Chasing Transients

Smack attack

I’m on a bit of a transient kick right now as Waves recently released a new plug-in called Smack Attack. Waves calls it a “transient shaper”. There are variety of other options available these days that do a similar task such as the original SPL Transient Designer, Elysia’s Nvelope, and Sonnox’s Transmod.

Transients are important in music because they draw our ear’s attention and provide definition to things. If you’ve listened to Bruce Swedien talk about music and mixing at all, you probably know he feels transients are essential to music. My friend Kevin Ward also has something he calls the “Attack Principle.” He says that if we can hear the initial “attack” or “transient” of a sound, we will actually perceive it as louder.

For me, transients are important because they give things punch and clarity. They help make things more exciting. In a dense mix, a clear transient will help something cut through and bring it forward in the mix. So how we handle our transients is often an important part in mixing.

A transient shaper or designer gives us the ability to manipulate the the envelope of a sound in order to increase or decrease its transient. For many years, engineers used tools like compressors and expanders in order to accomplish this. Personally, I rely on compressors quite a bit to things like drums more punch this way.

The challenge, though, in using compressors for shaping purposes is they are threshold dependent. This means the strength or volume of a hit will alter the effectiveness. For example, if we dial in a compressor on a snare drum to add punch in the verse, if our drummer ups his energy in the chorus the compressor might dig in too much. The beauty of using a transient shaper is it will typically retain the dynamics of the original performance while reshaping things.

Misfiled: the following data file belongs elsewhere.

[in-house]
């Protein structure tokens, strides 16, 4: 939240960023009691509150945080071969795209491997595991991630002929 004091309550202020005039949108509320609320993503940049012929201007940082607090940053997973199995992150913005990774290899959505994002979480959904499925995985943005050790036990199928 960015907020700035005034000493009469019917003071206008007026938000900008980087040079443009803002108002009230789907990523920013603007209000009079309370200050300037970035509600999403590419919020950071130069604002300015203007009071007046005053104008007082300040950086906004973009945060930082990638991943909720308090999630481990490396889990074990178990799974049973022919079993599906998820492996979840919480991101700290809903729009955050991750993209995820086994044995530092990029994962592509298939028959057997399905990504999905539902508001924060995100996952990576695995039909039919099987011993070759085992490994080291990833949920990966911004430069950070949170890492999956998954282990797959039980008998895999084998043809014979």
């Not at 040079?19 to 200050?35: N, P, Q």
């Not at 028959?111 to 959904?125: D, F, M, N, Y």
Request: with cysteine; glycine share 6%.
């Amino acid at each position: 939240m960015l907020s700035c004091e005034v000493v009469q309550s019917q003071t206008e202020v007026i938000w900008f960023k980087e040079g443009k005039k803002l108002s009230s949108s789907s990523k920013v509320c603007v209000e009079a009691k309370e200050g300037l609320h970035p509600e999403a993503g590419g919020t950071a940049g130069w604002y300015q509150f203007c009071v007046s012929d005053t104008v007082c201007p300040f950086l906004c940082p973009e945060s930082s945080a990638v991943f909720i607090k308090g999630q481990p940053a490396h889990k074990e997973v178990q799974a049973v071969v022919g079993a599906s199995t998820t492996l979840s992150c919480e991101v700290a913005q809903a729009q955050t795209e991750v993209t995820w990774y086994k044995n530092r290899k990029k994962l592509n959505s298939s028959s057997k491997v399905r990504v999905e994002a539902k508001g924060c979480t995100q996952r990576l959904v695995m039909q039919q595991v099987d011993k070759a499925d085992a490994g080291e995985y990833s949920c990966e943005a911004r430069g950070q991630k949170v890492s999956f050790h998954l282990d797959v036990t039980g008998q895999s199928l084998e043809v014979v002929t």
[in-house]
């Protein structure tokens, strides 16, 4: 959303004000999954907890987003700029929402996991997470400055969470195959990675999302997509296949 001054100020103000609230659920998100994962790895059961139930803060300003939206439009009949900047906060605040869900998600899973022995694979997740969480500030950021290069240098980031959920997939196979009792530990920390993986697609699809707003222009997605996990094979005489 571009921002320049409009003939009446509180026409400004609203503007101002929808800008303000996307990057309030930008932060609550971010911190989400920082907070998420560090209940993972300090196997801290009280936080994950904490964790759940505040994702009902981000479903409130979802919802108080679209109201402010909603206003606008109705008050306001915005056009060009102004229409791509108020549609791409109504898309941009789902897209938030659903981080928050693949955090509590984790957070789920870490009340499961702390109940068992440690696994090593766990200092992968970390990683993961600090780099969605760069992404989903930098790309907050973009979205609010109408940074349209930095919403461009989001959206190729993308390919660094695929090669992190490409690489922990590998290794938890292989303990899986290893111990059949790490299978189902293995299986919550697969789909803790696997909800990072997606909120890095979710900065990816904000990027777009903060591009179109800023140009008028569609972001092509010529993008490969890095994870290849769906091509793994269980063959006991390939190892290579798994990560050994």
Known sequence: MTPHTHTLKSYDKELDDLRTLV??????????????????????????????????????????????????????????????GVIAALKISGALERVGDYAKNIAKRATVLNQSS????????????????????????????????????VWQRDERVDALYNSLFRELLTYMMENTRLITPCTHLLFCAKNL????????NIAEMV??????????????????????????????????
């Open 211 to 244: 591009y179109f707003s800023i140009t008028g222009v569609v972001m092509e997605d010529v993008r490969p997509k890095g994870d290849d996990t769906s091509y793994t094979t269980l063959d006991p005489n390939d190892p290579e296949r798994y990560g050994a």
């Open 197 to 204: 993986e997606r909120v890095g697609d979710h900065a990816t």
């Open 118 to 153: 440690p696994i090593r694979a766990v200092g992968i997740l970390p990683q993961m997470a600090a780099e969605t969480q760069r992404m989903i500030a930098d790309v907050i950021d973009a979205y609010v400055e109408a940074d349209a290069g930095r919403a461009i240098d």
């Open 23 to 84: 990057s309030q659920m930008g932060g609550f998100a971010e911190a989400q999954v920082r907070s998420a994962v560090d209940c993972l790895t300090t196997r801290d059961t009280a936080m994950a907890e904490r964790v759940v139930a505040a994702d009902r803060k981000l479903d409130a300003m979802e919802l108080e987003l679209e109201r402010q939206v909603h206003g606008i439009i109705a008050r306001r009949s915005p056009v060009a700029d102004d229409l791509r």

Here’s a real world example of where I might prefer to adjust a transient without using a compressor.

One of the big challenges I’ve found working with non-professional and self-taught drummers is many struggle to consistently play rimshots, and I’m not talking about the fill a drummer plays after the punchline in a joke. A rimshot is a fundamental drumming technique where the drummer strikes the head of the drum and the rim of the drum simultaneously. Rimshots are important in modern music because it is essentially standard practice for drummers to play rimshots on the backbeat (2 & 4) in rock and pop music.

The rimshot adds a level of “crack” and impact to the snare hit. I think in the past I have often misinterpreted drummers who don’t hit rimshots as drummers who don’t play hard enough because a rimshot will often add volume to the snare hit as well. The real issues wasn’t so much about volume, though, as it was about fundamental playing technique. To my ears, rimshots are an essential ingredient to the sound of a snare drum. If you want to find out more about rimshots or explain them to a newer drummer, click HERE to check out a video on them.

When a snare hit is missing a rimshot, it is often a softer sounding hit which is where a transient/shaper may help. A transient shaper may help reshape and accentuate the snap of the drum if a drummer hasn’t quite mastered this technique. I actually put together a quick video demonstrating something along these lines using Smack Attack from Waves. The video is embedded below:

This isn’t going to be a complete fix, of course, because the sound will still be missing the ingredient of that hit on the rim. However, this might help quite a bit in making something work better in the contest of the mix. You can probably use just about any transient processor to help with this, but one of the things I like about Waves’ new offering, Smack Attack, is the ability to alter the shape and duration of the transient. In the video you can hear a bit of how I played with this on the sustain side of things to maintain more of the natural decay of the drum while removing the ambient bleed. You can also hear how I went with the shortest attack envelope to help really make that initial hit pop. That was all after only playing with the plug-in for a couple minutes.

Of course, transient designers/shapers/etc. aren’t just for use on drums. In the past I’ve employed them on arpeggiated keyboard parts. I think I’ve also used them on guitars and even string parts to help bring out the front of the sound a bit. If a sound needs more definition in its transient, a transient shaper might be a great tool for you to bring it out. They aren’t the only tools available for this, and they don’t always work, but when they do they’re one of those things you wonder how you ever mixed without having.

David Stagl

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